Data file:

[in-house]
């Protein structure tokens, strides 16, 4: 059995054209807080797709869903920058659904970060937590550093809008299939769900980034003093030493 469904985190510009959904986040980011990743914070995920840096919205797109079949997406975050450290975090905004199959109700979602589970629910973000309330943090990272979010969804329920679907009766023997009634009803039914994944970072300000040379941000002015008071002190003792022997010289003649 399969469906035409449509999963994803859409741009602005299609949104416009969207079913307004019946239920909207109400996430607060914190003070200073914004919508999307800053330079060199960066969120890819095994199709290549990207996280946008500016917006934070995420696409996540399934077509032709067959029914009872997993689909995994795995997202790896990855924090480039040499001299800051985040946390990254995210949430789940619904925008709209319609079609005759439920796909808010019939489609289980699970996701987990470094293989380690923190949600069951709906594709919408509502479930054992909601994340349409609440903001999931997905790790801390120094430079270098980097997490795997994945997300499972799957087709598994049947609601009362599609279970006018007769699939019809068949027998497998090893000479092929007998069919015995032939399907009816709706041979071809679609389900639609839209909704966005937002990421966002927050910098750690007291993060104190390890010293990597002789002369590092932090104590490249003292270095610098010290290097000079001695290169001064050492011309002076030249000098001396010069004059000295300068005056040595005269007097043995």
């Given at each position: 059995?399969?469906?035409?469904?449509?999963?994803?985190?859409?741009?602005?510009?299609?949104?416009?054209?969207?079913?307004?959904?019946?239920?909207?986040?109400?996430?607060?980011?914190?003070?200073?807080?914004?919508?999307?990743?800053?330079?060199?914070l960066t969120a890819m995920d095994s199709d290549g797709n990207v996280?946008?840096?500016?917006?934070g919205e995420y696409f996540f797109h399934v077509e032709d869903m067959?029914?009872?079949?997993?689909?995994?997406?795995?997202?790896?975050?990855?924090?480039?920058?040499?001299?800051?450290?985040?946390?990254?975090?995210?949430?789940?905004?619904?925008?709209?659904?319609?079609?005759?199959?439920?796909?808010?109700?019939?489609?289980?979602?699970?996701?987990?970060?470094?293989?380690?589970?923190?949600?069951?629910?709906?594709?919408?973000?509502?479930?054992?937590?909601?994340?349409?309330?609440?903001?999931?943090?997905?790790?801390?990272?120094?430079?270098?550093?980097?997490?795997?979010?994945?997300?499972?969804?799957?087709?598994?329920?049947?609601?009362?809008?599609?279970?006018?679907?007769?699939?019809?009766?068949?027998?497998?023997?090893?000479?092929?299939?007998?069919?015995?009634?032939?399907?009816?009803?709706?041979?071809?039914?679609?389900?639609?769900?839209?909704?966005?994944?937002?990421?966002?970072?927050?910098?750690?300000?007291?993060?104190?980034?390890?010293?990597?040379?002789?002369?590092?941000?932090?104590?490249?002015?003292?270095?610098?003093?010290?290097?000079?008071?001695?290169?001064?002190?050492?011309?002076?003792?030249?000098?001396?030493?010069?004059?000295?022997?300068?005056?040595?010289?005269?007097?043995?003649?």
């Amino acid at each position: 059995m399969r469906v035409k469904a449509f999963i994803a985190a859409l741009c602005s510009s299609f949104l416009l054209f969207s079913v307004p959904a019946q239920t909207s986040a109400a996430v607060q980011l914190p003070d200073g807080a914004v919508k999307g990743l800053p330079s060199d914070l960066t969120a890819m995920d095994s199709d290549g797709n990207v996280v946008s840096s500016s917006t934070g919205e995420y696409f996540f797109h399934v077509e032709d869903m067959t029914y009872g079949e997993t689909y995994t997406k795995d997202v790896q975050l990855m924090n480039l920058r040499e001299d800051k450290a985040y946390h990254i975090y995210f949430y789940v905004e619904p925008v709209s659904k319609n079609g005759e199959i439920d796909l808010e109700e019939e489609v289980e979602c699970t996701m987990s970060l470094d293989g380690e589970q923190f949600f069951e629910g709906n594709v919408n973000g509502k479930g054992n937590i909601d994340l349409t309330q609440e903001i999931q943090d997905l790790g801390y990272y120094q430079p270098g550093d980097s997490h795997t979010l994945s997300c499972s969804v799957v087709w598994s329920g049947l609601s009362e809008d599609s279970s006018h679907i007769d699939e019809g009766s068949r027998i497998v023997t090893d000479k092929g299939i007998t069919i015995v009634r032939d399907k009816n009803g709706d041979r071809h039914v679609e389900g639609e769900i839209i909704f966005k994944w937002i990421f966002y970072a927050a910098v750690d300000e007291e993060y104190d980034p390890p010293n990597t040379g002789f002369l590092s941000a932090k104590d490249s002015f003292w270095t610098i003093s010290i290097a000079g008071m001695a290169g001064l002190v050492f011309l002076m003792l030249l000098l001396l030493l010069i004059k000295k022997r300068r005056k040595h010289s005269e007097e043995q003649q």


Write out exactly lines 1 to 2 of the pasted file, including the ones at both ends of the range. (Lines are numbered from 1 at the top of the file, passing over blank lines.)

[in-house]
């Protein structure tokens, strides 16, 4: 059995054209807080797709869903920058659904970060937590550093809008299939769900980034003093030493 469904985190510009959904986040980011990743914070995920840096919205797109079949997406975050450290975090905004199959109700979602589970629910973000309330943090990272979010969804329920679907009766023997009634009803039914994944970072300000040379941000002015008071002190003792022997010289003649 399969469906035409449509999963994803859409741009602005299609949104416009969207079913307004019946239920909207109400996430607060914190003070200073914004919508999307800053330079060199960066969120890819095994199709290549990207996280946008500016917006934070995420696409996540399934077509032709067959029914009872997993689909995994795995997202790896990855924090480039040499001299800051985040946390990254995210949430789940619904925008709209319609079609005759439920796909808010019939489609289980699970996701987990470094293989380690923190949600069951709906594709919408509502479930054992909601994340349409609440903001999931997905790790801390120094430079270098980097997490795997994945997300499972799957087709598994049947609601009362599609279970006018007769699939019809068949027998497998090893000479092929007998069919015995032939399907009816709706041979071809679609389900639609839209909704966005937002990421966002927050910098750690007291993060104190390890010293990597002789002369590092932090104590490249003292270095610098010290290097000079001695290169001064050492011309002076030249000098001396010069004059000295300068005056040595005269007097043995």